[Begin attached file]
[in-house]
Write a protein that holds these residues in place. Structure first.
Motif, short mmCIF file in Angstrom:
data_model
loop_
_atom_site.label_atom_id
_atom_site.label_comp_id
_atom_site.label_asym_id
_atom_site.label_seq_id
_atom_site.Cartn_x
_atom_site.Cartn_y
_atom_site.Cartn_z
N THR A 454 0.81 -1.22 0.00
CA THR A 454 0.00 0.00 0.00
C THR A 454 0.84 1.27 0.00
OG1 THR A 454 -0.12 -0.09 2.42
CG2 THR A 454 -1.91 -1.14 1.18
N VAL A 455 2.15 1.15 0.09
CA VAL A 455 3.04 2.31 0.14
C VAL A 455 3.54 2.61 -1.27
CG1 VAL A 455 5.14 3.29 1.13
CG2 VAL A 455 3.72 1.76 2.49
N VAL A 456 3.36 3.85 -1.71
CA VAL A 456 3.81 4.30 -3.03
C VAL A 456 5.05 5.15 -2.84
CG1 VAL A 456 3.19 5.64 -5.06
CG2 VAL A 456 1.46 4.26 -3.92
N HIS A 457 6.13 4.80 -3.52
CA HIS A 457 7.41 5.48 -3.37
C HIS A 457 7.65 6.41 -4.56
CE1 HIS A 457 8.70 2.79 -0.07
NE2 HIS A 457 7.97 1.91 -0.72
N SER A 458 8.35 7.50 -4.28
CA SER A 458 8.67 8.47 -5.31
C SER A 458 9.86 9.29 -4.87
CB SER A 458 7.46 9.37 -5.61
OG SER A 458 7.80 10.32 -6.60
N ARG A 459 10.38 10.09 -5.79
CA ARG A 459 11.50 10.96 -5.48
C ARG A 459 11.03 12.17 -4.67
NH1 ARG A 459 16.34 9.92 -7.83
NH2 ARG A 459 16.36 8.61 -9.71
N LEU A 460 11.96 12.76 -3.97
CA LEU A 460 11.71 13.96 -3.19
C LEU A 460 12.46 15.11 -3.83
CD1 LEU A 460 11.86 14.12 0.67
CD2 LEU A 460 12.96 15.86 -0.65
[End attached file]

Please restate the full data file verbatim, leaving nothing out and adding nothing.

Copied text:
[in-house]
Write a protein that holds these residues in place. Structure first.
Motif, short mmCIF file in Angstrom:
data_model
loop_
_atom_site.label_atom_id
_atom_site.label_comp_id
_atom_site.label_asym_id
_atom_site.label_seq_id
_atom_site.Cartn_x
_atom_site.Cartn_y
_atom_site.Cartn_z
N THR A 454 0.81 -1.22 0.00
CA THR A 454 0.00 0.00 0.00
C THR A 454 0.84 1.27 0.00
OG1 THR A 454 -0.12 -0.09 2.42
CG2 THR A 454 -1.91 -1.14 1.18
N VAL A 455 2.15 1.15 0.09
CA VAL A 455 3.04 2.31 0.14
C VAL A 455 3.54 2.61 -1.27
CG1 VAL A 455 5.14 3.29 1.13
CG2 VAL A 455 3.72 1.76 2.49
N VAL A 456 3.36 3.85 -1.71
CA VAL A 456 3.81 4.30 -3.03
C VAL A 456 5.05 5.15 -2.84
CG1 VAL A 456 3.19 5.64 -5.06
CG2 VAL A 456 1.46 4.26 -3.92
N HIS A 457 6.13 4.80 -3.52
CA HIS A 457 7.41 5.48 -3.37
C HIS A 457 7.65 6.41 -4.56
CE1 HIS A 457 8.70 2.79 -0.07
NE2 HIS A 457 7.97 1.91 -0.72
N SER A 458 8.35 7.50 -4.28
CA SER A 458 8.67 8.47 -5.31
C SER A 458 9.86 9.29 -4.87
CB SER A 458 7.46 9.37 -5.61
OG SER A 458 7.80 10.32 -6.60
N ARG A 459 10.38 10.09 -5.79
CA ARG A 459 11.50 10.96 -5.48
C ARG A 459 11.03 12.17 -4.67
NH1 ARG A 459 16.34 9.92 -7.83
NH2 ARG A 459 16.36 8.61 -9.71
N LEU A 460 11.96 12.76 -3.97
CA LEU A 460 11.71 13.96 -3.19
C LEU A 460 12.46 15.11 -3.83
CD1 LEU A 460 11.86 14.12 0.67
CD2 LEU A 460 12.96 15.86 -0.65